In essence, this question is asking us to define the serviced apartment itself, in terms of its layout and the services that may be appended to it. What is it, in other words, that makes a place a serviced apartment; rather than a hotel room or a normal flat?
The first definition of a serviced apartment is clearly that it is serviced. It is, in other words, served by one or a number of staff members, whose role involves the upkeep or maintenance of the place: normally taking over domestic chores that may otherwise have been left to the occupants. In this respect, a serviced apartment is much like a room in a hotel. There are chamber staff in hotels to change linen and tidy rooms; in serviced apartments the same amenities are provided though on a more structured weekly basis.
The second element by which a service apartment is defined is its layout. This is where the “apartment” part comes into the equation. Unlike a room in a hotel, which normally consists of a bedroom with an en suit shower room or bathroom, a serviced apartment features the full range of rooms a person would expect in a normal home.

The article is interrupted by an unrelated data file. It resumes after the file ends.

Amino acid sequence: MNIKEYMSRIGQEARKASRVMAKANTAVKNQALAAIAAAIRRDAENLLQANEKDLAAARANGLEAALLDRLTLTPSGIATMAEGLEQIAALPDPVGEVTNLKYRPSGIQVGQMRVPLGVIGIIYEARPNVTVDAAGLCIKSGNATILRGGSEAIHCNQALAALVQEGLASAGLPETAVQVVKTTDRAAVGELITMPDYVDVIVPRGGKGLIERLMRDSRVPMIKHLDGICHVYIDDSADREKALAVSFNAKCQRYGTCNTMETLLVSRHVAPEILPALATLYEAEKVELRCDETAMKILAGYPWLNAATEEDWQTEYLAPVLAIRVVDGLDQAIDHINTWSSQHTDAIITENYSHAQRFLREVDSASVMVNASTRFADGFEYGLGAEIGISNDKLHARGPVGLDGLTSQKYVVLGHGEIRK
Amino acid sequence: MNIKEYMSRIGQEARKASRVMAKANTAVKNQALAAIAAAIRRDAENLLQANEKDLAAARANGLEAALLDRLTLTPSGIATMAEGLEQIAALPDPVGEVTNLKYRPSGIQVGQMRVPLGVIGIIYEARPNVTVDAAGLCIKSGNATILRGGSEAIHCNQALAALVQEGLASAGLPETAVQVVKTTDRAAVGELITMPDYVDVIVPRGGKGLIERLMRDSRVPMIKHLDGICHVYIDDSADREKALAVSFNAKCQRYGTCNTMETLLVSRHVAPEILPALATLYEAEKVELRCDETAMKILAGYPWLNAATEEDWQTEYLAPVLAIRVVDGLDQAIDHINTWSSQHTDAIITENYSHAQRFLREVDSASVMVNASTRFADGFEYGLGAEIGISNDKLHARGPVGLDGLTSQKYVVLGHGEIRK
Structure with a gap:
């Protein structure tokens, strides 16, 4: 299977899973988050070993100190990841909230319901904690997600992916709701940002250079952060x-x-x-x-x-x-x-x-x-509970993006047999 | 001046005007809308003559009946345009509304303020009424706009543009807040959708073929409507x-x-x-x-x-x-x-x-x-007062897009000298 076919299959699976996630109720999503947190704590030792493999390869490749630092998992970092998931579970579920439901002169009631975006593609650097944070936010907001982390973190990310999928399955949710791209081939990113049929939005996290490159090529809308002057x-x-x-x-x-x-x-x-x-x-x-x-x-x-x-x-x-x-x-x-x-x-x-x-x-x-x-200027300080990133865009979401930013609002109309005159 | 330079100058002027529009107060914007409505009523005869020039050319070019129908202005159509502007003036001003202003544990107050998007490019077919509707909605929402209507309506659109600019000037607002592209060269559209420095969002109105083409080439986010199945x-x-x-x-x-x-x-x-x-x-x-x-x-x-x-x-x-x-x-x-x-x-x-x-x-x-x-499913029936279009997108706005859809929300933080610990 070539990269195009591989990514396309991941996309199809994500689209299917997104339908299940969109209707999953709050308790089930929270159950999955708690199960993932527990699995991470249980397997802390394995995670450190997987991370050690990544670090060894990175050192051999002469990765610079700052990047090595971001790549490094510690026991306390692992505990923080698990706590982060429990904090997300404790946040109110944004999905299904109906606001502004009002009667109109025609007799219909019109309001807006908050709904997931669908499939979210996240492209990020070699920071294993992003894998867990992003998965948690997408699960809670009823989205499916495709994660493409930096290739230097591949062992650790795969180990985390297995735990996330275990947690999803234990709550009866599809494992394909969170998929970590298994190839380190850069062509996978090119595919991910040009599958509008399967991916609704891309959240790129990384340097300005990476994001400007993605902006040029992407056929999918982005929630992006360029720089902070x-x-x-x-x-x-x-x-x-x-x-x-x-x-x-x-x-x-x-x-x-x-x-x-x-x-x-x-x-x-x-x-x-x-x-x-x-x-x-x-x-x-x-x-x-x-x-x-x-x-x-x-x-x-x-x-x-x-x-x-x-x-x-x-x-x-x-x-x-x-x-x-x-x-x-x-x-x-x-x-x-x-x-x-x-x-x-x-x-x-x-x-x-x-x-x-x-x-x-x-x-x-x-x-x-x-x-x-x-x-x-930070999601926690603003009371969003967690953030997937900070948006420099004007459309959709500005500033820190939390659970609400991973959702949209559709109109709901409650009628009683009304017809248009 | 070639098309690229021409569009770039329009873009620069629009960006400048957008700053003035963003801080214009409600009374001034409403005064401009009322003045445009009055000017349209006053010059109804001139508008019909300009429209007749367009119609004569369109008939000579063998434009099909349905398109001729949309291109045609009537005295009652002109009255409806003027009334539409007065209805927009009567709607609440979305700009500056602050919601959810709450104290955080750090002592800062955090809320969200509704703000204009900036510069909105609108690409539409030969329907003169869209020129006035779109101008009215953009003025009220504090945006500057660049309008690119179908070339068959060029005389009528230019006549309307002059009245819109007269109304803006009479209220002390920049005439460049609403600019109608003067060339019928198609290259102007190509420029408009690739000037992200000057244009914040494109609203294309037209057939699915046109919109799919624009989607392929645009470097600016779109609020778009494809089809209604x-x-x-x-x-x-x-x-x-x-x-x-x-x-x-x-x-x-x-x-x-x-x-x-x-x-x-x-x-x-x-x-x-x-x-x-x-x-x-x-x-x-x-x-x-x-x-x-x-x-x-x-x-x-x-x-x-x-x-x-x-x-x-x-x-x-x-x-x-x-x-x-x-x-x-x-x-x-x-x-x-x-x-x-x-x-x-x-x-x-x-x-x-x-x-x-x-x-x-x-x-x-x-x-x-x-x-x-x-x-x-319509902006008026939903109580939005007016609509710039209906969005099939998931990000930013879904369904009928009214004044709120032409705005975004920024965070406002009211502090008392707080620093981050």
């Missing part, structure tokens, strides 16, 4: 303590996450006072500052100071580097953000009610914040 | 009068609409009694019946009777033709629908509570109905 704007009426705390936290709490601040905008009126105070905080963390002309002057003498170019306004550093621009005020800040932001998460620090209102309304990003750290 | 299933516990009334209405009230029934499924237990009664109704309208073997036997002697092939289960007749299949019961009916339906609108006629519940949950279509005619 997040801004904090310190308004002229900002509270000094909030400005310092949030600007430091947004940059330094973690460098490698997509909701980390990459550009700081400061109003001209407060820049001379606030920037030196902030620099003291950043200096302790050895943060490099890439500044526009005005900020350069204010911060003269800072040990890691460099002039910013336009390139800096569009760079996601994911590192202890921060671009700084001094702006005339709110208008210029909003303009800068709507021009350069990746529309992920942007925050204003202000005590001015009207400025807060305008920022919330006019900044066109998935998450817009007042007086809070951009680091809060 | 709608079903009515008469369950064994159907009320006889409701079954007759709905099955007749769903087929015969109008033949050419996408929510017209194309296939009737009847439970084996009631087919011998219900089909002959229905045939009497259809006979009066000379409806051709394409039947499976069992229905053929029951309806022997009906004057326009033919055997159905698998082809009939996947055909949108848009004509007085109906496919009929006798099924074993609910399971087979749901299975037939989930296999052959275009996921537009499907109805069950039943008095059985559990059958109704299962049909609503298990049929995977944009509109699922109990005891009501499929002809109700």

These include a bathroom, and often en suite bathrooms as well; a living space; and a kitchen area – all in addition to, or separate from, the bedroom areas. The purpose of separating the elements of the apartment like this is to create a more homely or domestic environment, yet to retain the service aspects of the hotel.
It is, however, in the minutiae of the serviced apartment that we find the real defining characteristics. The kitchen will normally be stocked with the pots, pans and other cooking implements required to make food like one might get at home. These could include toasted sandwich makers; rice cooker; anything, in fact, that removes that hotel feeling and replaces it with something more domestically defined.
Why is it so important to draw a line between the serviced apartment and the hotel room? In basic terms, because a hotel room is designed for temporary accommodation while a serviced apartment is meant for a more long-term occupation.
The serviced apartment is built, normally, to accommodate people for anything up to six months. It may, in fact, be referred to as a short stay apartment for this reason: because in terms of apartment living, anything below a six month lease is automatically defined in this way. As such, the serviced apartment must use its amenities to get away from the transient feel and nature of a hotel room.
A hotel room, in essence, is used for sleeping. You stay in a hotel room – you live in a serviced apartment.
The amenities that define the serviced apartment may all, when you look at them from this point of view, be seen as items used to facilitate a normal life wherever possible. They have specifically been included to take the impermanent sheen away from the installation and render it more domestically appropriate.
About Author : Emma Hamilton is a freelance content writer and writes travel articles found on short term accommodation in Cambridge.